Baseball purists live in another century. Not the XXand. The 19thand. The one in which the pioneers invented most of the regulations. These rules have resisted fashions, they argue. So why fix what ain’t broke?
Posted April 7
Because since 1898, the morphology of players has evolved. Sticks, gloves and shoes too. The games are televised. The attention span of the spectators has diminished. Not to mention that today, baseball games and euchre tournaments are no longer the only leisure activities in the village.
You will understand, I am not in the camp of purists. Rather in that of the evolutionists. It is also with the greatest enthusiasm that I welcome the brand new rule of Major League Baseball: that of the universal designated hitter.
What is that ?
The best thing to happen to baseball since the invention of the giant hot dog.
For neophytes, there are two major baseball leagues. National and American. Until now, all of their rules were the same – except one.
In the National, pitchers must hit. In the American, no. This obligation was abolished in 1973. Who strikes in their place? A specialist. The designated hitter. This strategy is used in 99.9% of games, and the show does not suffer. Quite the contrary. The New York Yankees, Boston Red Sox and Toronto Blue Jays are some of the most exciting clubs in the major leagues, and they all play in the American.
What happens when a team from the National faces one from the American? It depends on the city where the match is played. If it’s in National territory, the pitchers hit. If it’s in an American stadium, no. It was, frankly, a little complicated for nothing.
Now everything is standardized.
The designated hitter is allowed everywhere. At all times.
When I lay down on the couch to watch a baseball game on a sunny summer Sunday, I want to see spectacular action. A double. A triple. A circuit. A flight of marble. A triple play. A catch over the fence. I want to feel the stress of a full account. I want to try to predict who, from the star pitcher or the power hitter, will win his duel.
What don’t I want to see? A guy who swings as badly as I do in golf, who can’t drop the drop shot or who watches three strikes go by, club on his shoulder. Among launchers, this is no longer the exception. Unfortunately, this has become the rule.
Am I exaggerating? Nay. Here are some statistics that will blow your brain.
· In 2021, nearly 200 pitchers maintained a batting average below .100.
· The worst ? Those of the Miami Marlins (.062), Pittsburgh Pirates (.072), San Francisco Giants (.089), Milwaukee Brewers (.095) and St. Louis Cardinals (.095).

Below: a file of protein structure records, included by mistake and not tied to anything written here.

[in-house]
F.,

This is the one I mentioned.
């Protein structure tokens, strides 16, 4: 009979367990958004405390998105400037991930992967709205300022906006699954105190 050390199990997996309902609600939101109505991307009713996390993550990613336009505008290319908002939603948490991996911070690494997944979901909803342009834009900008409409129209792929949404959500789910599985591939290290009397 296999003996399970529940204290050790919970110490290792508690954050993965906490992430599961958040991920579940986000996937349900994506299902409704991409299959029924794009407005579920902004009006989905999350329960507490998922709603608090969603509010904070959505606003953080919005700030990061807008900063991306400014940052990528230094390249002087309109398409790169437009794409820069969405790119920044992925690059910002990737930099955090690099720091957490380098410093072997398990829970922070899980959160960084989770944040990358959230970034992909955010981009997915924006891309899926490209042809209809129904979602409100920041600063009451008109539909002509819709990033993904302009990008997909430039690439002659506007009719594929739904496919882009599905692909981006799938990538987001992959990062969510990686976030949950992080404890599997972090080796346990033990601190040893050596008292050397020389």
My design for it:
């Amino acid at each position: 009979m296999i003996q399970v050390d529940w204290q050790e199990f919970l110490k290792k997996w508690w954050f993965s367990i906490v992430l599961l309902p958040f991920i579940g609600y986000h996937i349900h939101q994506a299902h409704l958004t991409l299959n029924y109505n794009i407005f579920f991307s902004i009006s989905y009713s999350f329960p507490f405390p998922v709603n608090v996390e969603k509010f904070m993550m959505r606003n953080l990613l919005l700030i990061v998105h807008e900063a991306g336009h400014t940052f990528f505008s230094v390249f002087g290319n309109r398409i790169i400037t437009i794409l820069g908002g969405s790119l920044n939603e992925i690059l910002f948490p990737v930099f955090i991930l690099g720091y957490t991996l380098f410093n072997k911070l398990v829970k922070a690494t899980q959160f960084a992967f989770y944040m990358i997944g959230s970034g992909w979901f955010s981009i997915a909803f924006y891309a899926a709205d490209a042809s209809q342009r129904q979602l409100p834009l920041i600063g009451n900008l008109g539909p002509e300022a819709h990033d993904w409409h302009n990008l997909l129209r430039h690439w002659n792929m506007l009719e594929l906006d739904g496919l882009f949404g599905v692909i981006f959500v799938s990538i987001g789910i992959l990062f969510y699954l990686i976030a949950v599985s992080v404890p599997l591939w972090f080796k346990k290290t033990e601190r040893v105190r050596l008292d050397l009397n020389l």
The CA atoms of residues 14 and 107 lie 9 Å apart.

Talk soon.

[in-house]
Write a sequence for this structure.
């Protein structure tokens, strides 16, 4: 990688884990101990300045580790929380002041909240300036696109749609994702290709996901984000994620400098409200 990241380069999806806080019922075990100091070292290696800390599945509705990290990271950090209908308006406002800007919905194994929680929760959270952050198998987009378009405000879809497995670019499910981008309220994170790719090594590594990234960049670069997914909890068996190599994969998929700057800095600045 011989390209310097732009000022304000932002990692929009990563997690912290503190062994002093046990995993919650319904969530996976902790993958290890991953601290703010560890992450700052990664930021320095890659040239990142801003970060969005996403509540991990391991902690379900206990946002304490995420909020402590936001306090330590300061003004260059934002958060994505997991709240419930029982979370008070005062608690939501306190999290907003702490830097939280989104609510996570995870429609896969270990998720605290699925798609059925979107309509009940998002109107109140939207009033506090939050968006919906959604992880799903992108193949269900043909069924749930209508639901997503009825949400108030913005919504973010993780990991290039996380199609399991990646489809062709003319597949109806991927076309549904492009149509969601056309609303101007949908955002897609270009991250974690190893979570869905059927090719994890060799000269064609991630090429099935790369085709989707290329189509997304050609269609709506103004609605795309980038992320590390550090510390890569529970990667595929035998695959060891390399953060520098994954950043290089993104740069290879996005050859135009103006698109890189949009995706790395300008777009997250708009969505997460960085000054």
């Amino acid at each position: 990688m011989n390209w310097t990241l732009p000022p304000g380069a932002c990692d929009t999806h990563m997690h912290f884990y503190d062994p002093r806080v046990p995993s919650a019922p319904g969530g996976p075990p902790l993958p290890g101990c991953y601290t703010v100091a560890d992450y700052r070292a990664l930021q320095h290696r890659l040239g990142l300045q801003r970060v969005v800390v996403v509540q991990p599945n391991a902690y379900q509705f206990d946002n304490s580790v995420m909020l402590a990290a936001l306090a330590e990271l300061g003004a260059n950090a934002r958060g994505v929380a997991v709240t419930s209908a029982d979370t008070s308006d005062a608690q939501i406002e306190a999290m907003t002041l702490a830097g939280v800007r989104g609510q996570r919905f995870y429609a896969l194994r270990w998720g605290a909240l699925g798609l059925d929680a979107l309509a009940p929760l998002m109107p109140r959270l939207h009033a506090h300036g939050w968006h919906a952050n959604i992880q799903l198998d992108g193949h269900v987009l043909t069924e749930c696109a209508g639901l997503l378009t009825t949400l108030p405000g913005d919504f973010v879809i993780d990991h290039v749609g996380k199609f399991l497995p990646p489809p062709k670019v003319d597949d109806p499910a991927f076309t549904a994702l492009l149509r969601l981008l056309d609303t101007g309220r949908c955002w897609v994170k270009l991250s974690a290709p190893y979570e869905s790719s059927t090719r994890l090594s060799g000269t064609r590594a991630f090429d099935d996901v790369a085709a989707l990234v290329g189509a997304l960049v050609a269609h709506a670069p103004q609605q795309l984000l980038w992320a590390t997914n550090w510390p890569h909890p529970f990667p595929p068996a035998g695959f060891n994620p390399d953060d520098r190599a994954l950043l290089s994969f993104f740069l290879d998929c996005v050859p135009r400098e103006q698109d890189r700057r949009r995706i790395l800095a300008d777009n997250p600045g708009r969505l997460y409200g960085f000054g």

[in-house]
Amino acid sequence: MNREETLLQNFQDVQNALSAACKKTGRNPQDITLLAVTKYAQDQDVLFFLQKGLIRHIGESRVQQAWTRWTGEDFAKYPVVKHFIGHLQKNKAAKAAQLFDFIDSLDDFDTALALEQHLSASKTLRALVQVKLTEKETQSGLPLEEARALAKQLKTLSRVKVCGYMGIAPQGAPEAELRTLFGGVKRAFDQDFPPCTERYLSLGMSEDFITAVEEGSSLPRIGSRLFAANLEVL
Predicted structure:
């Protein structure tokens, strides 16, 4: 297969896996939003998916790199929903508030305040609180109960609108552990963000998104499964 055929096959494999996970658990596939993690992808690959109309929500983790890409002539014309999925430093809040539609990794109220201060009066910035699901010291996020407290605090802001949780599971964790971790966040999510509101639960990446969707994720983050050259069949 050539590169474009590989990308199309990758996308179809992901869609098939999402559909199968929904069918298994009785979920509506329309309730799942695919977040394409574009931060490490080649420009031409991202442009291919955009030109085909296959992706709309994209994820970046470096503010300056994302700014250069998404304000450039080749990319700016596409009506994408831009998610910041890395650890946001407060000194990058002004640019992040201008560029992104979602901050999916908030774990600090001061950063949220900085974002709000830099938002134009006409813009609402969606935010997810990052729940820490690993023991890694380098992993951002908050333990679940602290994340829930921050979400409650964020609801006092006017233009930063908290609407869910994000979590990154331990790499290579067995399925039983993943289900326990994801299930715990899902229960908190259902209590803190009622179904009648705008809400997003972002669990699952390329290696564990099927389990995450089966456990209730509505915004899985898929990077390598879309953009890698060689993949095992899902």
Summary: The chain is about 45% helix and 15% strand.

· Those of the Marlins were really rotten. They were withdrawn on strikes half the time. Same goes for the Arizona Diamondbacks gunners.
· Marlins ace Sandy Alcantara was struck out 45 times…in 58 appearances.
· Pitchers have stolen only four bases all season. Former Expos outfielder Otis Nixon alone stole five – in one game!
· Only one pitcher, Shohei Ohtani, has scored or produced 10 runs. And that’s because he was also a designated hitter.
· Brett Anderson was shut out in 28 appearances.
Zach Elfin of the Philadelphia Phillies had it worse: 0 for 29.
Erick Fedde of the Washington Nationals, even worse: 0 for 36.
· Alex Wood, worse than worse: 0 in 38.
· The great champion? First-Team All-Star Max Scherzer finished the season with NO hits in 59 appearances.
A last one? Each year, the major leagues reward the best hitters in each position with a Silver Stick. Do you know how many homers did last year’s winner, Max Fried?
Purists argue that the disappearance of the batting pitcher will remove an element of strategy from the game: the double change. It’s true. And you know what ? It’s zero serious, as American League clubs have proven for 49 years.
Launchers are made specialists. Like kickers in football, who are not asked to catch passes. Like goalies in hockey who don’t try to score in the shootout. Having it recognized in the rulebook is just a normal step in the evolution of the game.
The world changes.
And that’s good.
National League – East
1. New York Foods
2. Atlanta Braves
3. Philadelphia Phillies
4. Miami Marlins
5. Washington Nationals
National League – Central
1. St. Louis Cardinals
2. Milwaukee Brewers
3. Chicago Cubs
4. Cincinnati Reds
5. Pittsburgh Pirates
National League – West
1. Los Angeles Dodgers
2. San Francisco Giants
3. San Diego Padres
4. Colorado Rockies
5. Arizona Diamondbacks
American League – East
1. Toronto Blue Jays
2. New York Yankees
3. Boston Red Sox
4. Tampa Bay Rays
5. Baltimore Orioles (good luck…)
American League – Central
1. Chicago White Sox
2. Minnesota Twins
3. Detroit Tigers
4. Kansas City Royals
5. Cleveland Guardians
American League – West
1. Houston Astros
2. Seattle Mariners
3. Los Angeles Angels
4. Texas Rangers
5. Oakland Athletics
- The number of homers hit in 2021 by Shohei Ohtani of the Los Angeles Angels. A single player: he is both the designated hitter AND the starting pitcher.